However, given the scale, the geometric regularity, and the sheer natural beauty of this feature, it is easy to understand why the ancients believed its origins to be more mystical than geologists would now have us believe.
According to Gaelic mythology, the causeway was built by the giant Fionn mac Cumhaill (Finn MacCool) so that he could reach Scotland and fight with his Scottish rival, Benandonner. As with all great rivalries, the outcome varies depending on whose version is being recounted.
One legendary status which is not disputed, though, is the Causeway's immense pulling power as a tourist destination, with 750,000 visitors making the trip annually. Here, tourists can enjoy not only the geological feature itself, but also the modern and impressive Giant's Causeway Visitor Experience.
Find out More:
- National Trust Website | firstname.lastname@example.org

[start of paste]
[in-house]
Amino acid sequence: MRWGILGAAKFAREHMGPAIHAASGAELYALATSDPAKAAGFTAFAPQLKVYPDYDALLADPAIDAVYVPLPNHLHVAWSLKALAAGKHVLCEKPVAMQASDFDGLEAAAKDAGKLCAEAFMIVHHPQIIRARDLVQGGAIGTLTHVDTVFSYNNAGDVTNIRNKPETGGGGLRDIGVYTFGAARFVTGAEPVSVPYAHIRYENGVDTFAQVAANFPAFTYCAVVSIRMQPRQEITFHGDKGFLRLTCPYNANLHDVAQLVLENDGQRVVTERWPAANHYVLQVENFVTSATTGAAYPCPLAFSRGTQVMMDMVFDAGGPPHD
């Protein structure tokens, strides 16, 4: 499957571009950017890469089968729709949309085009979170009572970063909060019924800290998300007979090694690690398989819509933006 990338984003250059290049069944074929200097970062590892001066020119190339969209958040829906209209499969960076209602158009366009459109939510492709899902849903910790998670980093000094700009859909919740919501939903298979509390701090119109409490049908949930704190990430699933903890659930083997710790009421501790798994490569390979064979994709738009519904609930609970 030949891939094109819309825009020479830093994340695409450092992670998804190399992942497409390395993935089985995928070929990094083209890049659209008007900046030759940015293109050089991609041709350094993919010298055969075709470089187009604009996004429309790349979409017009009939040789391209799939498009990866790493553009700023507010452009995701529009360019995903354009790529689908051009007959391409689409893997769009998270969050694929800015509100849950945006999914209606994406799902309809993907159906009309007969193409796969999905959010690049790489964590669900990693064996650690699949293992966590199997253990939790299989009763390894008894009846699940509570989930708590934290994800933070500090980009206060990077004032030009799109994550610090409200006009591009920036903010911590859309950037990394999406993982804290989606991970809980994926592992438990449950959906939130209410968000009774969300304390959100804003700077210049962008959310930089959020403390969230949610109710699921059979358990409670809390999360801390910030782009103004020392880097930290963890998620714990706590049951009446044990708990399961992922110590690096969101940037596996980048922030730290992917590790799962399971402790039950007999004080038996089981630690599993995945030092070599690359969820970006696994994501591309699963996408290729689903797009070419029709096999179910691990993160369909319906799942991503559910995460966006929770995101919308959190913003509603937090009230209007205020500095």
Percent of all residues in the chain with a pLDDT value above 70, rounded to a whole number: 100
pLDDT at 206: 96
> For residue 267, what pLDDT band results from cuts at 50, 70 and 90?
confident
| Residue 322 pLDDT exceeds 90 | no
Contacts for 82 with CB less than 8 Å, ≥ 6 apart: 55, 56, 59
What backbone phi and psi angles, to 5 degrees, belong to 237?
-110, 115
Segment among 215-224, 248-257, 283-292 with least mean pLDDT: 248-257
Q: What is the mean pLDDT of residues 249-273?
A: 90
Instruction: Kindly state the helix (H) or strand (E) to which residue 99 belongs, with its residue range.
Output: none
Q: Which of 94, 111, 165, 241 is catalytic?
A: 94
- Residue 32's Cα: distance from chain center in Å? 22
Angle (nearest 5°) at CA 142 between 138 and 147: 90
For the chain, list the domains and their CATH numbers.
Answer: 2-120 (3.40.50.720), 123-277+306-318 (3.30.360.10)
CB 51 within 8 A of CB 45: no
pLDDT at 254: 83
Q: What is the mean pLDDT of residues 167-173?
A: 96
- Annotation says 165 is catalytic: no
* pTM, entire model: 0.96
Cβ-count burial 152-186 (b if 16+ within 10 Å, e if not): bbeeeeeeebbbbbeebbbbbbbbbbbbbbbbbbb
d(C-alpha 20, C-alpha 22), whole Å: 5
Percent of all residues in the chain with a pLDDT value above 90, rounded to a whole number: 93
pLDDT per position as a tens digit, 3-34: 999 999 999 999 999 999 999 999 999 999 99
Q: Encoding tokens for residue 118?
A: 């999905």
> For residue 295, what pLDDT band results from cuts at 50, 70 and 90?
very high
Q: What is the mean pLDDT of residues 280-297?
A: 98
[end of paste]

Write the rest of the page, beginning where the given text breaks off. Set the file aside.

- 44 Causeway Road, Bushmills, County Antrim, Northern Ireland, BT57 8SU
- Tel: +44 (0)28 2073 1855
- Find on Google Maps
- TripAdvisor Reviews
Carrick-a-Rede Rope Bridge
A handy stop-off point between The Giant's Causeway and Ballycastle, the Carrick-a-Rede rope bridge is a dizzying experience to be enjoyed or studiously avoided, depending on your head for heights. Looking like something from an Indiana Jones movie set, the rope bridge conveys locals and tourists alike across the 20-metre chasm between the sea cliffs and the island of Carrick-a-Rede.
The bridge which draws visitors today is actually a stronger and safer version of the original which was put up every spring by fishermen whose nets, cast from the island's northern cliffs, would intercept migrating salmon. Today, there is a small visitor centre, a cafe and a carpark.